Plan a fun family camp-out
Kelli Connell was seven months pregnant in Aug. 2006 when she and husband Mike loaded up their three children — plus a niece and nephew — and set out for a weekend in the woods.
Friends called them crazy.
Leaving town after work, the Connells didn’t arrive at their north Idaho campsite until 1 a.m. Quietly setting up camp in the dark, then waking the kids and getting them back to sleep in the tent made for a long and miserable night.
It was crazy, Kelli concedes. And worth it.
“I’d probably do it again,” she says. “The kids like it that much.”
Actually, Kelli and Mike already have plans for two trips this summer — now with three older kids and baby Eli in tow.
“It’s inexpensive, and the kids love getting dirty,” Kelli says. “I don’t know that there’s any other vacation we’ve taken that they’ve enjoyed more than camping.”
Planning is key — and Kelli, an experienced family camper, knows she wasn’t as prepared as she should have been last summer.
“To get there at 1 in the morning was really bad.” But, she adds. “We have 100 good stories for every bad story.”
You’ll have fewer bad stories with better planning. Here are a few of Kelli’s tricks to keep her little campers happy:
• Location, location, location: Take care when choosing a campsite. Select a site near the restrooms, but not too close. Avoid sites near streams and ponds where children might be harmed.
• Stay two nights: Kids probably will sleep less while camping, so a two-night excursion is enough to have fun without causing a major disruption to sleep schedules.
• Stagger bedtimes: The youngest child heads to bed first, followed by the next youngest and so on. A two-room tent may help stop the kids from waking each other.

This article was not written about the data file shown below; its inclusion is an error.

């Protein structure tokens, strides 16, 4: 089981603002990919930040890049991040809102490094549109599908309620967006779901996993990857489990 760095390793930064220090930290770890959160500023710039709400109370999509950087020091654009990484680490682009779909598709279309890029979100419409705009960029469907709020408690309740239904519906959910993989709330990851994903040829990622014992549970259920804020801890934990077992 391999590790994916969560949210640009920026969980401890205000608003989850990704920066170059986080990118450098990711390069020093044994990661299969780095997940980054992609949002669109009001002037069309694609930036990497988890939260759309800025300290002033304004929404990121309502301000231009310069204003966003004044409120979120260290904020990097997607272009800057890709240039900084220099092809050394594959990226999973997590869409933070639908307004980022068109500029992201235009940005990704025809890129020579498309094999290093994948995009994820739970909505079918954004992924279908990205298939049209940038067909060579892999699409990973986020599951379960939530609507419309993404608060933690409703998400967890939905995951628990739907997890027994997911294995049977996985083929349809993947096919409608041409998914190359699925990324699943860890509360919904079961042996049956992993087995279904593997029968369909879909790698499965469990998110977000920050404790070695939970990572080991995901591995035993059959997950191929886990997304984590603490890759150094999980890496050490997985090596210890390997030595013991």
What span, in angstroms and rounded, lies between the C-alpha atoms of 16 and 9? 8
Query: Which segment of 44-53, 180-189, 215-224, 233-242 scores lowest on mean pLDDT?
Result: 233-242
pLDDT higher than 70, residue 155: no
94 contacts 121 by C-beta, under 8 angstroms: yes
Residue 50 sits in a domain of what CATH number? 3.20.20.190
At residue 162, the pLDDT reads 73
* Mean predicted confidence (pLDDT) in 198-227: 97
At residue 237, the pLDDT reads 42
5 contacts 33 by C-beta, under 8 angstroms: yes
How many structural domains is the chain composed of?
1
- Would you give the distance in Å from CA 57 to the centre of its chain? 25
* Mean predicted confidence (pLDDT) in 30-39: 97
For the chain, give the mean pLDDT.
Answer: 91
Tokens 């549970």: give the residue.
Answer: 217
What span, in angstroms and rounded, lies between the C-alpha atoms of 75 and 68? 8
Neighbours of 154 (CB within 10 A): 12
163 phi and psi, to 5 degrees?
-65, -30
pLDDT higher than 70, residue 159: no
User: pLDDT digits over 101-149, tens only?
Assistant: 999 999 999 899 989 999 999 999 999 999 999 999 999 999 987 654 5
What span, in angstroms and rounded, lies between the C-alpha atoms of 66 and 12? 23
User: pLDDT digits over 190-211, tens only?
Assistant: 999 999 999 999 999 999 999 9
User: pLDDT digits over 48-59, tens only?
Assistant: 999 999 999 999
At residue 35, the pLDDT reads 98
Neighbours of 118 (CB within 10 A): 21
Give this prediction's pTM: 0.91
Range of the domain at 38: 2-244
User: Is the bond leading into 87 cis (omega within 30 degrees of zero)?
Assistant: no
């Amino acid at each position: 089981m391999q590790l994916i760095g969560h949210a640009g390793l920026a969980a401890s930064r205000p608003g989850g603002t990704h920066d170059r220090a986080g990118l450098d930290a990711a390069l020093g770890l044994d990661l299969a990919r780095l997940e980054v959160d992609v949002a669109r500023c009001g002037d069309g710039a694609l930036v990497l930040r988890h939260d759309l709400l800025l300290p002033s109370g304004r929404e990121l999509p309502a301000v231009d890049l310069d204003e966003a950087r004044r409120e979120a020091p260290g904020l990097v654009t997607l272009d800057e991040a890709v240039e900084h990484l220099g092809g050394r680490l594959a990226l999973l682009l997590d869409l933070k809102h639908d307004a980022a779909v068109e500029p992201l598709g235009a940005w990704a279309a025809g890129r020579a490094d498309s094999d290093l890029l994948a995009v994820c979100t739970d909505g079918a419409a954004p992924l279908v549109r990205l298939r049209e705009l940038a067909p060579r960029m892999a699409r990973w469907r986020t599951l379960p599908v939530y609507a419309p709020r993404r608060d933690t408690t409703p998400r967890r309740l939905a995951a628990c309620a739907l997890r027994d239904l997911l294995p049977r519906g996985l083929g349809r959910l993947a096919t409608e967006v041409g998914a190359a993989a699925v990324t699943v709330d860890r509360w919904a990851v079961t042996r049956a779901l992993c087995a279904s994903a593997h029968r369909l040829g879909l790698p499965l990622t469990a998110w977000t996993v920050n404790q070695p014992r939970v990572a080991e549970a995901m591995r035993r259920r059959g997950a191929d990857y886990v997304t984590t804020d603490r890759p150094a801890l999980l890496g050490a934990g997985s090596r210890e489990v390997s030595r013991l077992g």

• Keep an eye to the fire: “You can’t have a crawler around a fire,” Kelli says. Bring a playpen and stroller if camping with babies or toddlers.
• Keep ‘em busy: Simple tasks such as rolling out sleeping bags will give children something to do. Plan to bike, swim, fish or invite friends along for more fun.
• Get everyone involved: “We make a big deal out the food,” Kelli says. Kids love to roast their own hot dogs and marshmallows. As they get older, children can help prepare foil and Dutch oven dinners.
• Set reasonable expectations: “We keep the hikes pretty short, like across the campground to the pond,” Kelli says.
• Let ‘em wander (a little bit): Establish boundaries, then allow kids the space to explore camp on their own. To buy a few minutes of peace, wrap a piece of tape — sticky side up — around each child’s wrist and send them off to decorate it with found items, such as flowers, acorns and pebbles.
• Let ‘em get dirty: “I think that’s part of the fun of it for the kids,” says Kelli, who selects campgrounds with restrooms and showers but knows the kids won’t stay clean for long.
“They’re very dirty,” she says. “If you’re a neat freak, it’s not for you.”
— Sara Bristol
Filed under Camping, From the Mag